Correlation between grain yield in maize plant densities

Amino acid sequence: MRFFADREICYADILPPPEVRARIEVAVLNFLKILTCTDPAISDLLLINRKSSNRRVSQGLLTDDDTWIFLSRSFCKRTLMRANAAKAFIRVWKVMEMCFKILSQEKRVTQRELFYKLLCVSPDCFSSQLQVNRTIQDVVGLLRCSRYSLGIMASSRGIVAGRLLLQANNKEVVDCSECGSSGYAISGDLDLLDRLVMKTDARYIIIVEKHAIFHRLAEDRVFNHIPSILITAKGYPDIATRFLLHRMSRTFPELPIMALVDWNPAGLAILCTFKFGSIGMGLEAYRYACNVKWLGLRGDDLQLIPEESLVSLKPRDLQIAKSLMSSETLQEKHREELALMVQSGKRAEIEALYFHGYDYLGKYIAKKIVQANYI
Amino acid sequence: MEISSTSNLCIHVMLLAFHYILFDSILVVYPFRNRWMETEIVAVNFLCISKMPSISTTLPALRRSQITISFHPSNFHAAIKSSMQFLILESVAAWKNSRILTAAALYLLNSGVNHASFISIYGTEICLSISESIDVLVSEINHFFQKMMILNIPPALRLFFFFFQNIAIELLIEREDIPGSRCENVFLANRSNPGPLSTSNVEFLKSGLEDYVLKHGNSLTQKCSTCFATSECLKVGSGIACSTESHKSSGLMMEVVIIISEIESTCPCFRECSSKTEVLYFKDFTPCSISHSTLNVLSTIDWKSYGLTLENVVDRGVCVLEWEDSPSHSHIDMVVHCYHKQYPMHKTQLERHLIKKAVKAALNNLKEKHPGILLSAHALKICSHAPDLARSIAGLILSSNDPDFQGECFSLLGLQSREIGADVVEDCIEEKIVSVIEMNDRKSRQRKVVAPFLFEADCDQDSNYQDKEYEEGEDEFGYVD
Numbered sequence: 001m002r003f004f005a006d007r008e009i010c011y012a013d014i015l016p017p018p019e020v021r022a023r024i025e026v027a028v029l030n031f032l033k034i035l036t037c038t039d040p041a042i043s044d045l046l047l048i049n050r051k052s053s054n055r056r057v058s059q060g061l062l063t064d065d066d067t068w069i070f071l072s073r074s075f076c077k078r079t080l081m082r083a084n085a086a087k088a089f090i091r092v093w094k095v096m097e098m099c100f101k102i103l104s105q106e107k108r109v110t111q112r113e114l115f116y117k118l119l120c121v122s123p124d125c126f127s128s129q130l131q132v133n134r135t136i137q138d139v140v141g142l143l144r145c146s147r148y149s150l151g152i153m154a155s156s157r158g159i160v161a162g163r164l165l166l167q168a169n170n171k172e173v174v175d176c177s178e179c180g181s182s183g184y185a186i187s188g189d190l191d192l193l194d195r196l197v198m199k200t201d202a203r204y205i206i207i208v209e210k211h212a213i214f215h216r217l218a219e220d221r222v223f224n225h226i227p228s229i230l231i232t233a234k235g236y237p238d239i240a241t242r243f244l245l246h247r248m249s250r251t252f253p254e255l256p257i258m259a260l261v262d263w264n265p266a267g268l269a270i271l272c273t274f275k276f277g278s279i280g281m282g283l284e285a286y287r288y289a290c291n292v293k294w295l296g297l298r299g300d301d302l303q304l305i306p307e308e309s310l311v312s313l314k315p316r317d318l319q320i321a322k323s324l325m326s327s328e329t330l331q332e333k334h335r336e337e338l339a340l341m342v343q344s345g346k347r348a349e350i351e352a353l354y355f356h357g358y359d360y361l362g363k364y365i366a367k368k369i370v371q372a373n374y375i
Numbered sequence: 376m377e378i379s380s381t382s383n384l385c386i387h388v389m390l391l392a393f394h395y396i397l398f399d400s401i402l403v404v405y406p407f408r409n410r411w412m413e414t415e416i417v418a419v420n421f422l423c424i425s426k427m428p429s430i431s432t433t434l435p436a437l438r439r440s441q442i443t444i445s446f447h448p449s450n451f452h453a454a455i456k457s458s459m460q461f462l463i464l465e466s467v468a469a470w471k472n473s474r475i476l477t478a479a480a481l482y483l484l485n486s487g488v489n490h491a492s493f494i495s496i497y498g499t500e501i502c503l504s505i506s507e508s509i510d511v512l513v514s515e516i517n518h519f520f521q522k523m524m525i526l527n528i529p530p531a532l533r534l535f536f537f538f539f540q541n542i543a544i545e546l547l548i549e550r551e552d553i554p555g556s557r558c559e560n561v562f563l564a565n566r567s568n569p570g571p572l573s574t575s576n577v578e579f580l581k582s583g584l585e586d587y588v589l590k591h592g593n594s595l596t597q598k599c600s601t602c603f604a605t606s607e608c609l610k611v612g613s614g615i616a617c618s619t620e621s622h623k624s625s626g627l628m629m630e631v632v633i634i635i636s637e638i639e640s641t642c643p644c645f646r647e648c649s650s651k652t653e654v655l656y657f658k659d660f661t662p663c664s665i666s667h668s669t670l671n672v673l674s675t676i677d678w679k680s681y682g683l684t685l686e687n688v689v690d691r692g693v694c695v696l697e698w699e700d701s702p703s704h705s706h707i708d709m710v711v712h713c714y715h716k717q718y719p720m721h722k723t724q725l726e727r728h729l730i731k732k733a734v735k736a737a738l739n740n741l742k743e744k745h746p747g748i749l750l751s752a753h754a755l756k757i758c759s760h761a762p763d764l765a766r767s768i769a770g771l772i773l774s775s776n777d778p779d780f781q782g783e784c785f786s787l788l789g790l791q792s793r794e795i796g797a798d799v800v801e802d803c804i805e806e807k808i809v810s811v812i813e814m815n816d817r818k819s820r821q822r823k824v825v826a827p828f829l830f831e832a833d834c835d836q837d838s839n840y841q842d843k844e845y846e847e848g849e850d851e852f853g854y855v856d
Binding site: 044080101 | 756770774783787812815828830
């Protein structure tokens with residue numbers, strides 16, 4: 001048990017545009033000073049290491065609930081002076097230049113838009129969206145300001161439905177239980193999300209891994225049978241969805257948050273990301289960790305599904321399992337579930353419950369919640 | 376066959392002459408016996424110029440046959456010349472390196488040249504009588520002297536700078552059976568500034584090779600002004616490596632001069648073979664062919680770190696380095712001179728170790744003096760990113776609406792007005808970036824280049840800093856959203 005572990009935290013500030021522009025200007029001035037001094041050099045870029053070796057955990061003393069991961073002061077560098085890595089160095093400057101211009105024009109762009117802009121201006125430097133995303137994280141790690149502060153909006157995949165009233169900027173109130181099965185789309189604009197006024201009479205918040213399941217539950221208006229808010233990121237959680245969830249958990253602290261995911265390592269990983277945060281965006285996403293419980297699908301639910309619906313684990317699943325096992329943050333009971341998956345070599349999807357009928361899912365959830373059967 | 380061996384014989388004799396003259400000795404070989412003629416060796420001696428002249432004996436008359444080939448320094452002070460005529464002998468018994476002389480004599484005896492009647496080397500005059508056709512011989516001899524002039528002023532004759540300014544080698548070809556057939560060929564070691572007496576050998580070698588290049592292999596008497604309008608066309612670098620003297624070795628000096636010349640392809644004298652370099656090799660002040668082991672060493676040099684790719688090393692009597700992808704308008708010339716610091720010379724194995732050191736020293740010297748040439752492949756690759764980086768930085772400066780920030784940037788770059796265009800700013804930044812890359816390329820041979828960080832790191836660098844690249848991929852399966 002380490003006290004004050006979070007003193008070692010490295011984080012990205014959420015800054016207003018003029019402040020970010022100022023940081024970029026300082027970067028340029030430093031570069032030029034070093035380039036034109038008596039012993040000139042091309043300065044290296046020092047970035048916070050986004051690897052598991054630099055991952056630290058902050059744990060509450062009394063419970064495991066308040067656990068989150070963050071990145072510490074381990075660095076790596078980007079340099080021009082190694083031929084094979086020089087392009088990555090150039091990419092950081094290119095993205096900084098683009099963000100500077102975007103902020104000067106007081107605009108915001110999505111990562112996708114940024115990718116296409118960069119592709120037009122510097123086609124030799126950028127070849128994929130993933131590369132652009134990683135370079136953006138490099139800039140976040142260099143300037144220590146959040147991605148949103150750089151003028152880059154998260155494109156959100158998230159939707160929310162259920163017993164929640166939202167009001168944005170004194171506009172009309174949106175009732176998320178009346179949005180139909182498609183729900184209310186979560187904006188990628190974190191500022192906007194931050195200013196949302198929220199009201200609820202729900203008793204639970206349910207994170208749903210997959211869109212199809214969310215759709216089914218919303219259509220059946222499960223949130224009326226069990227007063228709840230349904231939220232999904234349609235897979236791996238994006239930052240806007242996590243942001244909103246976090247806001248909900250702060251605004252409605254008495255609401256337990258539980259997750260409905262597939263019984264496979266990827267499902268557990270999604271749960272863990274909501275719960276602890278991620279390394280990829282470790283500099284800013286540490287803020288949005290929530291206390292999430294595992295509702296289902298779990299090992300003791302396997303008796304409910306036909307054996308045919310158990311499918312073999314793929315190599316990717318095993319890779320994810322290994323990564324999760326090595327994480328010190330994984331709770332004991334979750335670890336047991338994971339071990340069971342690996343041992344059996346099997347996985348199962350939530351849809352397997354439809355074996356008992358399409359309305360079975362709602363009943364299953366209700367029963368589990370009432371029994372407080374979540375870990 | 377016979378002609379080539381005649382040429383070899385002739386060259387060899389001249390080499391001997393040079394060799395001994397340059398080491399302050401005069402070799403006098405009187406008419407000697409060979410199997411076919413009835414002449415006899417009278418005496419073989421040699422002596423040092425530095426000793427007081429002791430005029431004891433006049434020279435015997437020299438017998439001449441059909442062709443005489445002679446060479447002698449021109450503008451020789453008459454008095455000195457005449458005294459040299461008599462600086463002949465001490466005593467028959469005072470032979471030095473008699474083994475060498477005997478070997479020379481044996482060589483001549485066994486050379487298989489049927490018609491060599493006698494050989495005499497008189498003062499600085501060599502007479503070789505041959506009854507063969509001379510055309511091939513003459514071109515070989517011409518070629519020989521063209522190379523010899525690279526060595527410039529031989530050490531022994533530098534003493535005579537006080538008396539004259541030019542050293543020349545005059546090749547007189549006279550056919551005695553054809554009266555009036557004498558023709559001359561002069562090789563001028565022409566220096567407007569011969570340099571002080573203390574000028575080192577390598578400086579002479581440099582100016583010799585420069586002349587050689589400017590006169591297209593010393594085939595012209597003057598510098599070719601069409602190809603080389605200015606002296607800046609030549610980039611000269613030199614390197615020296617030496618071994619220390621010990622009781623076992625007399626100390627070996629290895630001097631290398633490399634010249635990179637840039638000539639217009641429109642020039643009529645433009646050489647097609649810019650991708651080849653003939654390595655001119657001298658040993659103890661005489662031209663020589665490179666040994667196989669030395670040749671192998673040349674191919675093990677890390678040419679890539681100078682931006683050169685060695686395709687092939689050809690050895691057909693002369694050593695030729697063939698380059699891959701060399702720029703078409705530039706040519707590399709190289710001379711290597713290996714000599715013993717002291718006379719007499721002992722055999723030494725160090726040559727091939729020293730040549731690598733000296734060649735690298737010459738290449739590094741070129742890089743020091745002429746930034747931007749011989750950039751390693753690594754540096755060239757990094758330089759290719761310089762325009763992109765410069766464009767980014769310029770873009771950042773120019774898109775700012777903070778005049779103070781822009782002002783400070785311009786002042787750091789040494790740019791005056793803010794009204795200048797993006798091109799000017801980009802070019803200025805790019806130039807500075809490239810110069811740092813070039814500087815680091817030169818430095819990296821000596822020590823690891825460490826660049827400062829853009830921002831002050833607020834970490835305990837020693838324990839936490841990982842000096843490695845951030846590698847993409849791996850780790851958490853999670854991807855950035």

When assessing genotypes in different environments, the result depends on the genotype-environment interaction. Among the environmental factors, the spatial arrangement of plants is among the most important management practices to achieve higher grain yield. This arrangement involves changes in the spacing between rows and between plants. The present study evaluates the correlation between the grain yield of maize genotypes and different plant populations. We conducted the experiments in the 2012/2013 harvest season and in the 2012/13 off-seasons at UNESP - Jaboticabal Campus, in Jaboticabal county, São Paulo State, Brazil, and in the 2013 off-season at Cambuhy Farm, in Matão county, São Paulo State, Brazil. The experimental design was in randomized blocks, with three replicates. For the 0.50 m spacing between rows, the spacing between plants was 0.25 m (80,000 pl ha-1), 0.30 m (66,667 pl ha-1), and 0.40 m (50,000 pl ha-1). For the 0.90 m spacing between rows, the spacing between plants was 0.20 m (55,556 pl ha-1). We assessed the treatments for grain yield (six genotypes), analyzing the correlations between grain yield averages and plant population densities for each environment using the Pearson correlation coefficient. The 2012/2013 harvest season in Jaboticabal county provided the highest average yield, regardless of population density. The 2012 off-season in Jaboticabal county provided the lowest average yield. As for population densities, the one that provided the highest yield was 80,000 plants ha-1. The present study found several types of correlation, which allows us to say that population density recommendations must be specific.
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